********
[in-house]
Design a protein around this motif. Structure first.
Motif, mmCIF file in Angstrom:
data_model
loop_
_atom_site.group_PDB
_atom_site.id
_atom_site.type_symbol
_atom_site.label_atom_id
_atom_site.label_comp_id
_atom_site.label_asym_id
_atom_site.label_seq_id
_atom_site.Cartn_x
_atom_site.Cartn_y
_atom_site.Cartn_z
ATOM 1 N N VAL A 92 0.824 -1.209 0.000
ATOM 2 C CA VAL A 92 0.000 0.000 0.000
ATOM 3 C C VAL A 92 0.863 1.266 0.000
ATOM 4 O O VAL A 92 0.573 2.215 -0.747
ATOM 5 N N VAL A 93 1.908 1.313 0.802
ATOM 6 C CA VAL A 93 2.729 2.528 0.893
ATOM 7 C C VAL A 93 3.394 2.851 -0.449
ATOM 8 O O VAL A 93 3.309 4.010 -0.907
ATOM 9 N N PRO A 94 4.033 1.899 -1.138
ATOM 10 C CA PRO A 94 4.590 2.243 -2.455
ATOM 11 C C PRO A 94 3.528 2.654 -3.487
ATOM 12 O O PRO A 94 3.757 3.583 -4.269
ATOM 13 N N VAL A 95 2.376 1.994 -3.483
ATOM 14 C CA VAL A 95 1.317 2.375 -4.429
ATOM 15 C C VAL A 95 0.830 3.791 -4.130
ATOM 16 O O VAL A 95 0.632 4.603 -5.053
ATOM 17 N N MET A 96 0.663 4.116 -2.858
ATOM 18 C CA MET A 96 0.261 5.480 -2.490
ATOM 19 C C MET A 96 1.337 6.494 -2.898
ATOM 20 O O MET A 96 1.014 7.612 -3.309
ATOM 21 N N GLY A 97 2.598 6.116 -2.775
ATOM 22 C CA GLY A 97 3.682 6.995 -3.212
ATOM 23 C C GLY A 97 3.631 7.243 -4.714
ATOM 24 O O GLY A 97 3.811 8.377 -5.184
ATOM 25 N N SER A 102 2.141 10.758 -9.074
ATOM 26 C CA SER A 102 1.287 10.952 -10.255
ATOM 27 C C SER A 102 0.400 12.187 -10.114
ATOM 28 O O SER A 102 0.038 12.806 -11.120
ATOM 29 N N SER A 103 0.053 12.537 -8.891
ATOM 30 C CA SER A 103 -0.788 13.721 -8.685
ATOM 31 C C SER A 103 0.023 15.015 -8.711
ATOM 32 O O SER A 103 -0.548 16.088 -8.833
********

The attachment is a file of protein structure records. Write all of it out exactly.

[in-house]
Design a protein around this motif. Structure first.
Motif, mmCIF file in Angstrom:
data_model
loop_
_atom_site.group_PDB
_atom_site.id
_atom_site.type_symbol
_atom_site.label_atom_id
_atom_site.label_comp_id
_atom_site.label_asym_id
_atom_site.label_seq_id
_atom_site.Cartn_x
_atom_site.Cartn_y
_atom_site.Cartn_z
ATOM 1 N N VAL A 92 0.824 -1.209 0.000
ATOM 2 C CA VAL A 92 0.000 0.000 0.000
ATOM 3 C C VAL A 92 0.863 1.266 0.000
ATOM 4 O O VAL A 92 0.573 2.215 -0.747
ATOM 5 N N VAL A 93 1.908 1.313 0.802
ATOM 6 C CA VAL A 93 2.729 2.528 0.893
ATOM 7 C C VAL A 93 3.394 2.851 -0.449
ATOM 8 O O VAL A 93 3.309 4.010 -0.907
ATOM 9 N N PRO A 94 4.033 1.899 -1.138
ATOM 10 C CA PRO A 94 4.590 2.243 -2.455
ATOM 11 C C PRO A 94 3.528 2.654 -3.487
ATOM 12 O O PRO A 94 3.757 3.583 -4.269
ATOM 13 N N VAL A 95 2.376 1.994 -3.483
ATOM 14 C CA VAL A 95 1.317 2.375 -4.429
ATOM 15 C C VAL A 95 0.830 3.791 -4.130
ATOM 16 O O VAL A 95 0.632 4.603 -5.053
ATOM 17 N N MET A 96 0.663 4.116 -2.858
ATOM 18 C CA MET A 96 0.261 5.480 -2.490
ATOM 19 C C MET A 96 1.337 6.494 -2.898
ATOM 20 O O MET A 96 1.014 7.612 -3.309
ATOM 21 N N GLY A 97 2.598 6.116 -2.775
ATOM 22 C CA GLY A 97 3.682 6.995 -3.212
ATOM 23 C C GLY A 97 3.631 7.243 -4.714
ATOM 24 O O GLY A 97 3.811 8.377 -5.184
ATOM 25 N N SER A 102 2.141 10.758 -9.074
ATOM 26 C CA SER A 102 1.287 10.952 -10.255
ATOM 27 C C SER A 102 0.400 12.187 -10.114
ATOM 28 O O SER A 102 0.038 12.806 -11.120
ATOM 29 N N SER A 103 0.053 12.537 -8.891
ATOM 30 C CA SER A 103 -0.788 13.721 -8.685
ATOM 31 C C SER A 103 0.023 15.015 -8.711
ATOM 32 O O SER A 103 -0.548 16.088 -8.833